Covid-19 hit the US at a time of partisan divide so marked that it spilled into the domain of medicine and science. Even early on in the pandemic it was possible match political affiliation to individual behavior with respect to the virus. In favor of masking, social distancing, and vaccination? Democrat. Prefer a quick return to normal, and oppose mask and vaccine mandates? Republican.
This dynamic showed up in policy and in health outcomes, as well. Comparing covid-19 death rates and spread can be tricky, because factors including population density, socioeconomic status, proximity to correctional facilities, and ethnic composition can influence the outcomes. Yet looking at how states fared in relation to one another gives some indication of the impact of policy on public health. In the case of covid-19, two years into the pandemic, red states have registered higher excess mortality than blue ones.
An article published earlier this month in the Journal of the American Medical Association by Steven Woolf, a professor at the Virginia Commonwealth University’s Center for Society and Health, looks at the excess mortality registered in 2021 in US states and attributable to the pandemic through the lens of covid-19 policy. (Excess mortality is the number of deaths that exceed what would be expected in a specific place in a given time.) Deaths were concentrated in states like Florida and Georgia, both with a covid-19 mortality rate above 200 per 100,000 citizens in 2021, where mitigation measures such as masks and distancing were scarce, and vaccination rates lower.
According to the article, states like New Jersey and New York, where the first wave in 2020 hit especially hard, had lower levels of excess covid-19 deaths in 2021, about 112 per 100,000, due to stronger protective policies.
This holds even expanding the analysis to include 2020, when not much was known about ways to contain the virus, and the first two months of 2022, though the Centers of Disease Control and Protection’s data for those months is still incomplete.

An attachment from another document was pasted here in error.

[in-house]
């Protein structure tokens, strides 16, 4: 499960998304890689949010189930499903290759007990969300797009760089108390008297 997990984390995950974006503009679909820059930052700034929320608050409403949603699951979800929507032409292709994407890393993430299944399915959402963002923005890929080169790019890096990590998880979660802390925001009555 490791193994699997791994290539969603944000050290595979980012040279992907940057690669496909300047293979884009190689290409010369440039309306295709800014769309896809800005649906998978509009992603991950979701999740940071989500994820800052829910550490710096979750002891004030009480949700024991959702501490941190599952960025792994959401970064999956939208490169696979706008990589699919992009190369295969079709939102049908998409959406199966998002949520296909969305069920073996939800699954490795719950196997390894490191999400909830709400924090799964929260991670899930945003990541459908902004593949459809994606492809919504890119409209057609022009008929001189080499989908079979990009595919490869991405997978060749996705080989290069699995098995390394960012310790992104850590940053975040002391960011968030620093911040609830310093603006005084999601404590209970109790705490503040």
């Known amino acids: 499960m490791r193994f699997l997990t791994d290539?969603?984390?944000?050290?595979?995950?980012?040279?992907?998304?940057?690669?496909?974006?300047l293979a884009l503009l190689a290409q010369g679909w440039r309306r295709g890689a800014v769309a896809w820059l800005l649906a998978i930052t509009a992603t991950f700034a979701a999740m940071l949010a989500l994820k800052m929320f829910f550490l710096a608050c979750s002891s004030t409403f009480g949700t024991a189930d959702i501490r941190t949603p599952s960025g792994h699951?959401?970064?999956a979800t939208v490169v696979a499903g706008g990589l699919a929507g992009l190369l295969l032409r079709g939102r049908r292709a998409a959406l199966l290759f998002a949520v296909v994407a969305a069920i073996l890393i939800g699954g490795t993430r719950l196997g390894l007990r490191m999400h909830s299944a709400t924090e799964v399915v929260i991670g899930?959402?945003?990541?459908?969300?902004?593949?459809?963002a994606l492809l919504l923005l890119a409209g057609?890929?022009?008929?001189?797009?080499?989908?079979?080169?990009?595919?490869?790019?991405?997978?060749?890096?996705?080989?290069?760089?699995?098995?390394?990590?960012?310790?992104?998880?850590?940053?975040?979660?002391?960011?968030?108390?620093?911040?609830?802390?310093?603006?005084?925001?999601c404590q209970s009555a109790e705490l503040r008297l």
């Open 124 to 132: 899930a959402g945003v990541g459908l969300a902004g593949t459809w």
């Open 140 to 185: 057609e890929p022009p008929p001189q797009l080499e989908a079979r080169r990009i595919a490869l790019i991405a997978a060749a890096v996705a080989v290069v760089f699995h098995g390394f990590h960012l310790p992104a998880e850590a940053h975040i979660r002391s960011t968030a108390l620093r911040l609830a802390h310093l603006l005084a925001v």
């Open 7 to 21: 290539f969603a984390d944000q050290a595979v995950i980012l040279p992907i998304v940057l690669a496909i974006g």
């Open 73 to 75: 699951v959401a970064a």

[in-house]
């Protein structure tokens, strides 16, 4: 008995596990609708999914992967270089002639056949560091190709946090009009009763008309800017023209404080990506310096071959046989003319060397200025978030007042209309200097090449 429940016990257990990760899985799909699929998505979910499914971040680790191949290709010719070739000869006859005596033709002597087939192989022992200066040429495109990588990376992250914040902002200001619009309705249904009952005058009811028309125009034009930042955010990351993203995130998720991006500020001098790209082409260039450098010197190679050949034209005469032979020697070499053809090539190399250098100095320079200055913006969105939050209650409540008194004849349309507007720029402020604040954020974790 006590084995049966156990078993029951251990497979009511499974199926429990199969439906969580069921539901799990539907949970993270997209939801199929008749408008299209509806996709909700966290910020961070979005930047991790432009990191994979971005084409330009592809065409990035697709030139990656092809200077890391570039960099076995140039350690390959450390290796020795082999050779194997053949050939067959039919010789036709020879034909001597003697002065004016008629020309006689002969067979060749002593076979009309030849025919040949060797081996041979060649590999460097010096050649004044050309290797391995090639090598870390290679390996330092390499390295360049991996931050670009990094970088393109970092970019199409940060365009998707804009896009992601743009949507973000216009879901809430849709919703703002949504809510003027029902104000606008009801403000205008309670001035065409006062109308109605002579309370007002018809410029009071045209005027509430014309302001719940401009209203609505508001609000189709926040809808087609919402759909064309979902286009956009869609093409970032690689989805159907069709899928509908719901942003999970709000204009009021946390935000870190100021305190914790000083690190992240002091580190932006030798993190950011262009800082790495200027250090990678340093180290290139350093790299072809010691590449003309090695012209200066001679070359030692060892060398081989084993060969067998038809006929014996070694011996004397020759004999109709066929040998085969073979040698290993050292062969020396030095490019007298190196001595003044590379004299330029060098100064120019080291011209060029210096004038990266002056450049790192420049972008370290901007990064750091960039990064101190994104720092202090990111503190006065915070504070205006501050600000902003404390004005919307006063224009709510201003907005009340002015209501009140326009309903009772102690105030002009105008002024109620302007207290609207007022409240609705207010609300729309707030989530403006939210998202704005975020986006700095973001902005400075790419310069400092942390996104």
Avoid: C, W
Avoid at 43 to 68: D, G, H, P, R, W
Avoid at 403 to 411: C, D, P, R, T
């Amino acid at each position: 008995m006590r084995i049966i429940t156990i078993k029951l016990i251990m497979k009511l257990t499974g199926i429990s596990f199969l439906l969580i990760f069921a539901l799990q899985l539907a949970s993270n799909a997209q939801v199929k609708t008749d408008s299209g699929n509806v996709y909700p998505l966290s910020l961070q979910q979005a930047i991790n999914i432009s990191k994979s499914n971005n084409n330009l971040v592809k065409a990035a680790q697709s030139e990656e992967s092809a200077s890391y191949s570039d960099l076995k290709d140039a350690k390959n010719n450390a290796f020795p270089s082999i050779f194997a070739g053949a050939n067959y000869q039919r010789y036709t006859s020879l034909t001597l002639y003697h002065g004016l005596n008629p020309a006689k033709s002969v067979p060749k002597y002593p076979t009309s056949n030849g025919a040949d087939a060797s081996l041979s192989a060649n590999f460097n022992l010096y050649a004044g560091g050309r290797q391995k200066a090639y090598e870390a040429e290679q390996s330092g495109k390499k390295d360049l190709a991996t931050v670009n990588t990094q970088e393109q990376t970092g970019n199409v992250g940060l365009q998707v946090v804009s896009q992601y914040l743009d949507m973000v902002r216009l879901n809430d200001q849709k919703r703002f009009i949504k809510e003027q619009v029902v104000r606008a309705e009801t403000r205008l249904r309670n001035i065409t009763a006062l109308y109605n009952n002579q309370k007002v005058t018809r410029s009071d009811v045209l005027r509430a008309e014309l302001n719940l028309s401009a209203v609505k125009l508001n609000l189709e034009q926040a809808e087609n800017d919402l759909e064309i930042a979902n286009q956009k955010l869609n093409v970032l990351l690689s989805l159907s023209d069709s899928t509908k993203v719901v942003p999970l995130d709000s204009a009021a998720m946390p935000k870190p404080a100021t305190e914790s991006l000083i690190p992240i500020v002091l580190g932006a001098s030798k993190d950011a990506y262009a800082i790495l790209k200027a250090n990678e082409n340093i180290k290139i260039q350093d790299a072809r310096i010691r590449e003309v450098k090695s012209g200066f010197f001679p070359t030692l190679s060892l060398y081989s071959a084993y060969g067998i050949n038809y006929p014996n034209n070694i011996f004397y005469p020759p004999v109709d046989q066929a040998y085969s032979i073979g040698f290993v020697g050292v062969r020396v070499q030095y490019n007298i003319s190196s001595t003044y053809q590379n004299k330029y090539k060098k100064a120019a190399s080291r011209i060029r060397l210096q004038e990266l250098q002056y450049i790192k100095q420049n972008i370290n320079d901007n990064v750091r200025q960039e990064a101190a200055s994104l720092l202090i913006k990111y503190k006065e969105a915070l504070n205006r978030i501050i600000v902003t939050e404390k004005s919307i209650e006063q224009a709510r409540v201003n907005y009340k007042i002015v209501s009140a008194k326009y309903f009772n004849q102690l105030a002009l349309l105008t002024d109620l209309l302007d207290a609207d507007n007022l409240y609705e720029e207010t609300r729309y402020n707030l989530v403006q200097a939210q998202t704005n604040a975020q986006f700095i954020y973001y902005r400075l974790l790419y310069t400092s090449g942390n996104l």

The overall average rate of excess deaths attributable to covid-19 in states run by Republican versus Democratic governors shows that red states had a rate of 268 deaths per 100,000, while in blue states the rate was 240 per 100,000. The disparity was more pronounced when it was linked to actual policy: States that didn’t enforce any kind of mask mandates, or pushed back against federal requirements, such as Oklahoma and Tennessee, experienced an average death rate of about 300 deaths per 100,000. They all had Republican governors.
Covid-19 excess death rates have been even higher in states where less than 60% of the population is fully vaccinated, reaching an average 316 per 100,000 since the beginning of the pandemic. With the exception of Kentucky and Louisiana, all of those states have Republican governors. So do the five states that experienced the highest excess mortality rates.
This is also consistent with the overall excess mortality ratio from all causes (not just covid-19), which was just as marked between red states, which tend to have less progressive healthcare policies, compared to blue ones. In the latter, excess mortality rate from all causes was 308 per 100,000 people; in the former, it was 354 per 100,000.